All 15 entries tagged Feminism
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July 25, 2011
The deadline for paper proposals for the symposium Rural Geographies of Gender and Space, Britain 1840-1920 has been extended to the 15th August.
See the previous blog or webpage for more information.
June 28, 2011
I'm pleased to publish the Call for Papers for a symposium that I'm organising with my colleague Gemma Goodman on Rural Geographies of Gender and Space, Britain 1840-1920.
Whilst discussions of gender and space in the nineteenth- to early-twentieth century have typically focused on “women and the city”, rural spaces offer equally productive contexts for exploring the intersections between gender and space in this period. As the socio-spatial relations of the country are impacted by the move into modernity, rural environments are revealed in literary and historical texts as sites of complex, contradictory and changing gendered codes.
This half-day symposium offers a long-overdue forum in which to resituate the rural as a vital context for understanding the meanings of gender and space in this period. By bringing together scholars from different disciplinary perspectives we aim to understand the diverse experiences of gendered rural spaces and contribute to discussions about theoretical approaches to the (rural)space-gender intersection.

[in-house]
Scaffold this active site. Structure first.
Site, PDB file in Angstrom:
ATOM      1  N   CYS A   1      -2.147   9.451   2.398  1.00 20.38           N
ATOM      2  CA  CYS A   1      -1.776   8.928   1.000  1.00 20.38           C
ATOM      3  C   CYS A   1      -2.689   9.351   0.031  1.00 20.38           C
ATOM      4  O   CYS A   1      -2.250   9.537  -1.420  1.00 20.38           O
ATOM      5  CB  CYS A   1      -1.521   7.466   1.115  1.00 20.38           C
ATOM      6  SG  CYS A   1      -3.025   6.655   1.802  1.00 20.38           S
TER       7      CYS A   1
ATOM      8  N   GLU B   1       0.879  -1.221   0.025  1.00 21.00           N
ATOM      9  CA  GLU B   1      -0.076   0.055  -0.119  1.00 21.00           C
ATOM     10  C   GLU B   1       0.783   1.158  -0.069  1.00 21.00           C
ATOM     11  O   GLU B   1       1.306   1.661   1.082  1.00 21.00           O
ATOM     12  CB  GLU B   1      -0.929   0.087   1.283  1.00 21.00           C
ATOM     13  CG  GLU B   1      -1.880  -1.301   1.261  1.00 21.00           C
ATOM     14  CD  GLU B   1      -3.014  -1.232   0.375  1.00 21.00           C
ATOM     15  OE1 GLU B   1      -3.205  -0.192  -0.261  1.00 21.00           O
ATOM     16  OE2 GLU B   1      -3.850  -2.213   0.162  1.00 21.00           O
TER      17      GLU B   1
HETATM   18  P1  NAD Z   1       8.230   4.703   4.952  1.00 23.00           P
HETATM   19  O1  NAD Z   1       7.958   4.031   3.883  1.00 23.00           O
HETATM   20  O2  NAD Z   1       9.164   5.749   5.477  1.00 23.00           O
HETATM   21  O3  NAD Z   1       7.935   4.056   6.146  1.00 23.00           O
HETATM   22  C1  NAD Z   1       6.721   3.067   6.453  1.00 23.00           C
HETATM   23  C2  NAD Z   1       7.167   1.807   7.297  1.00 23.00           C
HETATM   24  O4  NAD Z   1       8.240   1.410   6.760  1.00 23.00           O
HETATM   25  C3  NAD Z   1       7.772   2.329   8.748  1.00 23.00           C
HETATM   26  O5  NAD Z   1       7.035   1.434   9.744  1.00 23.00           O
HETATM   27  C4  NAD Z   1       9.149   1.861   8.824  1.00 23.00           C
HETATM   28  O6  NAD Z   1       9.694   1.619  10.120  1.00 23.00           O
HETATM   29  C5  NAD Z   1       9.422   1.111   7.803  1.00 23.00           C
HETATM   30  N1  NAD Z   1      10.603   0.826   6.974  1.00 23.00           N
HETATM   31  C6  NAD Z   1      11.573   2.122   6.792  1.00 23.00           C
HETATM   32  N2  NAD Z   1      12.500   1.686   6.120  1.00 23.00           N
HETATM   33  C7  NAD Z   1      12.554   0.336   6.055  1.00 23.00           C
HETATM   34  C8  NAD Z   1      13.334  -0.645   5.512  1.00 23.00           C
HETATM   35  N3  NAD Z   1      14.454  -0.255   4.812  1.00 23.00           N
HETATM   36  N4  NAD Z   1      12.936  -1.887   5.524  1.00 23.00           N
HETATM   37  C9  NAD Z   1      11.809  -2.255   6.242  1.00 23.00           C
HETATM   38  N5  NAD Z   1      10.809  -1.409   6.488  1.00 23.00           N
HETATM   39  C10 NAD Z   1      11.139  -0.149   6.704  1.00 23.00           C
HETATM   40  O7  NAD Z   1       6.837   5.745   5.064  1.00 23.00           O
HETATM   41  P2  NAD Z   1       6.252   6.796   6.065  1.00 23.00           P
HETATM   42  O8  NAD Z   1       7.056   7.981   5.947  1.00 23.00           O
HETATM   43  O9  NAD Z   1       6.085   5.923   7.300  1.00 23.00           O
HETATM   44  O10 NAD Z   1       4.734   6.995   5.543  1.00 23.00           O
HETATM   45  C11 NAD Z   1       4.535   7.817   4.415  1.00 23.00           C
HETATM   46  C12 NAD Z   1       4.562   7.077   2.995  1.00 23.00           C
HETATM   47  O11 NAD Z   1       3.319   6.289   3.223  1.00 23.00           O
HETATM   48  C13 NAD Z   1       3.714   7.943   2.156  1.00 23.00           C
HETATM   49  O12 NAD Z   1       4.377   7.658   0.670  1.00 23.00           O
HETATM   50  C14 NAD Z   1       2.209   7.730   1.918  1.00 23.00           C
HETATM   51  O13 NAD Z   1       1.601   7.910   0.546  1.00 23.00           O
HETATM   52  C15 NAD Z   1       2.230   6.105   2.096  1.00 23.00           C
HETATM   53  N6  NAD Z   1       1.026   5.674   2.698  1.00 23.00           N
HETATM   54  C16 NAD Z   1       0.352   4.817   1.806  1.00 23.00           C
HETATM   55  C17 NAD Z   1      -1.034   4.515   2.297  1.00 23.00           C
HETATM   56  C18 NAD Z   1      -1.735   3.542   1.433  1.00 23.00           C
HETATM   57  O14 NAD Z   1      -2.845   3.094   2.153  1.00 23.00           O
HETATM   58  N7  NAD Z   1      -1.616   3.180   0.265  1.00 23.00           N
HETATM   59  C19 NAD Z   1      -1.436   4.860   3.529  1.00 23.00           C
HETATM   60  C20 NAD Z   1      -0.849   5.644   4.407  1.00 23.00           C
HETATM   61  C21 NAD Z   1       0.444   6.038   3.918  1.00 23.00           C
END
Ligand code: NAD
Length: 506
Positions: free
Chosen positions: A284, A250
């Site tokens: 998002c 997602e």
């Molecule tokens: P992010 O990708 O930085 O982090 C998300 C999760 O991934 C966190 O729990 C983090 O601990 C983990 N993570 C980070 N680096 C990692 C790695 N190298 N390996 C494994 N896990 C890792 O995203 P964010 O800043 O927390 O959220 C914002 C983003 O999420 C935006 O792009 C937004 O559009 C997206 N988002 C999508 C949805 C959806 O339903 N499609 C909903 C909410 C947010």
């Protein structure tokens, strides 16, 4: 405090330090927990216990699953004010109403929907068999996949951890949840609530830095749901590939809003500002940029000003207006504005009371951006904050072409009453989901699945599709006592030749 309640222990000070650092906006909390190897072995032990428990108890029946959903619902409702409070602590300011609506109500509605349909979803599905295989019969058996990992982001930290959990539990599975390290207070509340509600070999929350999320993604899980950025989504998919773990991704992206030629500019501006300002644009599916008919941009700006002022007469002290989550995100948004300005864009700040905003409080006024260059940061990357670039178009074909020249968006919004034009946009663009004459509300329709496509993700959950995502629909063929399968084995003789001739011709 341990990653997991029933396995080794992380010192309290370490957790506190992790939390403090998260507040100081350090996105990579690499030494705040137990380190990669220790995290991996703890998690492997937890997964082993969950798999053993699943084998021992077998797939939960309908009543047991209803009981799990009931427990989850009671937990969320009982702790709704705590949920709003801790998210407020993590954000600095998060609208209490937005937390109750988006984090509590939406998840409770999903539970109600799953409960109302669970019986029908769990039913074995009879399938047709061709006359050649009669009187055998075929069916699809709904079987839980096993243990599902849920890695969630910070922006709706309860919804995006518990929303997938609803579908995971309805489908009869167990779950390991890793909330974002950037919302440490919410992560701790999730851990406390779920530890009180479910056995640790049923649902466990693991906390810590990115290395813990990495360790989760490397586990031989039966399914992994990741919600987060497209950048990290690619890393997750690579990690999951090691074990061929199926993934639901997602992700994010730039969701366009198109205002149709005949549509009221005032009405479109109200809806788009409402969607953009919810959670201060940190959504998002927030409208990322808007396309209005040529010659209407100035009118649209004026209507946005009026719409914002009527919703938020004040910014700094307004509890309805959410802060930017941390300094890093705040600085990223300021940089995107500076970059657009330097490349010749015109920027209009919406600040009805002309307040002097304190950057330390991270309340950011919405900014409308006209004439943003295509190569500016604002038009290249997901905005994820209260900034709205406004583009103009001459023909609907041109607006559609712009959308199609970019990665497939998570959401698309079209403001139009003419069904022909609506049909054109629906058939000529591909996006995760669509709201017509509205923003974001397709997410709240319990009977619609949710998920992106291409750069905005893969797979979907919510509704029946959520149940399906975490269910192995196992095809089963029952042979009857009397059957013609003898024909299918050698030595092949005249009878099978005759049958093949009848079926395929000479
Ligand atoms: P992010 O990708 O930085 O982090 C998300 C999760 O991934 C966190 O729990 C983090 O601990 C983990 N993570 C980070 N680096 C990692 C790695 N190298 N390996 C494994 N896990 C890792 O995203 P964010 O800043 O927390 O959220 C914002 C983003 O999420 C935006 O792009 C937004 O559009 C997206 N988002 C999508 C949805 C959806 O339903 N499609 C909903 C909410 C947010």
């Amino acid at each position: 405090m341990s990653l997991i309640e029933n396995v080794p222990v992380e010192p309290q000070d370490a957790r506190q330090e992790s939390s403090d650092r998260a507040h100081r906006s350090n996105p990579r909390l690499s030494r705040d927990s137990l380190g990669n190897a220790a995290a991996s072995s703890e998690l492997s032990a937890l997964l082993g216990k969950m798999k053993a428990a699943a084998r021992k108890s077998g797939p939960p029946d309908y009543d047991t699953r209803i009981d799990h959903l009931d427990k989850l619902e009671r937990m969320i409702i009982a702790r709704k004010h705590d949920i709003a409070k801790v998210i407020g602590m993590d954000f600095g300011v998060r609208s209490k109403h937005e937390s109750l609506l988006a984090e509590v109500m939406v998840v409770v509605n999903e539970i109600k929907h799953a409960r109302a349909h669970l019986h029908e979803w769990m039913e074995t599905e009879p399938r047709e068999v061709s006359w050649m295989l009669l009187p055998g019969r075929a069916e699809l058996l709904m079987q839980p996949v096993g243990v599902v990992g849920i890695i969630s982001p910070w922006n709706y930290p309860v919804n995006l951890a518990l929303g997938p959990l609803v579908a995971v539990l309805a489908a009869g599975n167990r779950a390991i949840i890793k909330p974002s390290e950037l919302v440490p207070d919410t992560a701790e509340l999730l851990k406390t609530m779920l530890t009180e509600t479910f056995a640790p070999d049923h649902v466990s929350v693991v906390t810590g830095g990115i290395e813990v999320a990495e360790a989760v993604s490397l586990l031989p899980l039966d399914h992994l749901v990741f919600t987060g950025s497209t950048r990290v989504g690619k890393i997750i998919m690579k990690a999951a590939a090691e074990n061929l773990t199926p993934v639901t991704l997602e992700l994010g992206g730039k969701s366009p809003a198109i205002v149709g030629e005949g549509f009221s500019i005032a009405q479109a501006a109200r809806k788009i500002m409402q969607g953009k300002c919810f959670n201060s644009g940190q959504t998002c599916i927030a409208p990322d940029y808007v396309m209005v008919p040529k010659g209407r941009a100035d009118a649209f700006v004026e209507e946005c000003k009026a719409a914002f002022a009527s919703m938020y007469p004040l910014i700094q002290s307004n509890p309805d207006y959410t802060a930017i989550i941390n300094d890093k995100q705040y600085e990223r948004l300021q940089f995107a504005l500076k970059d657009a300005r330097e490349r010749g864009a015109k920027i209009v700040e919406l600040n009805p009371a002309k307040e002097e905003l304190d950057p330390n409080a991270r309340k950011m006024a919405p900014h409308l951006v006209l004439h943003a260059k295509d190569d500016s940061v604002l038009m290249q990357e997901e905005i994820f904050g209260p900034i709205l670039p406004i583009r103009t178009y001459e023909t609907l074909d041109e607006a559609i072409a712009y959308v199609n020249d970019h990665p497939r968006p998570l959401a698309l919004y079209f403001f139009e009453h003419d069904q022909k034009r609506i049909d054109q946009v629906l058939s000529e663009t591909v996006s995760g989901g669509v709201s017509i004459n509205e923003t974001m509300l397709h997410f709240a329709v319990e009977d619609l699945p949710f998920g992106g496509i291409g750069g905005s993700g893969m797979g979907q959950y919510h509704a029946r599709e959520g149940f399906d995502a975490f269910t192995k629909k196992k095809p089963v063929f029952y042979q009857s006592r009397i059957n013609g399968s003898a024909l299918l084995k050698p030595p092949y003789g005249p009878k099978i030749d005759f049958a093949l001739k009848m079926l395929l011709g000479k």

Proposals are invited for short papers from scholars in literary studies, history, geography, and any other discipline; postgraduate and early career researchers are especially encouraged to apply. Themes for discussion could include:
Ø theories of gender and rural place: what do we mean by rural space, how do we theorise “the rural” as a spatial context, and how does gender intersect?
Ø the impact of modernity;
Ø mobility: walking, vagabonds, pedestrians, wayward women;
Ø labour, class and gender in the country;
Ø different ruralities;
Ø visibility/ invisibility
Please send a 300-word proposal for 15 minute papers by 29th July to the conference organisers Gemma Goodman and Charlotte Mathieson
January 01, 2011
Writing about web page http://feministclassics.wordpress.com/about/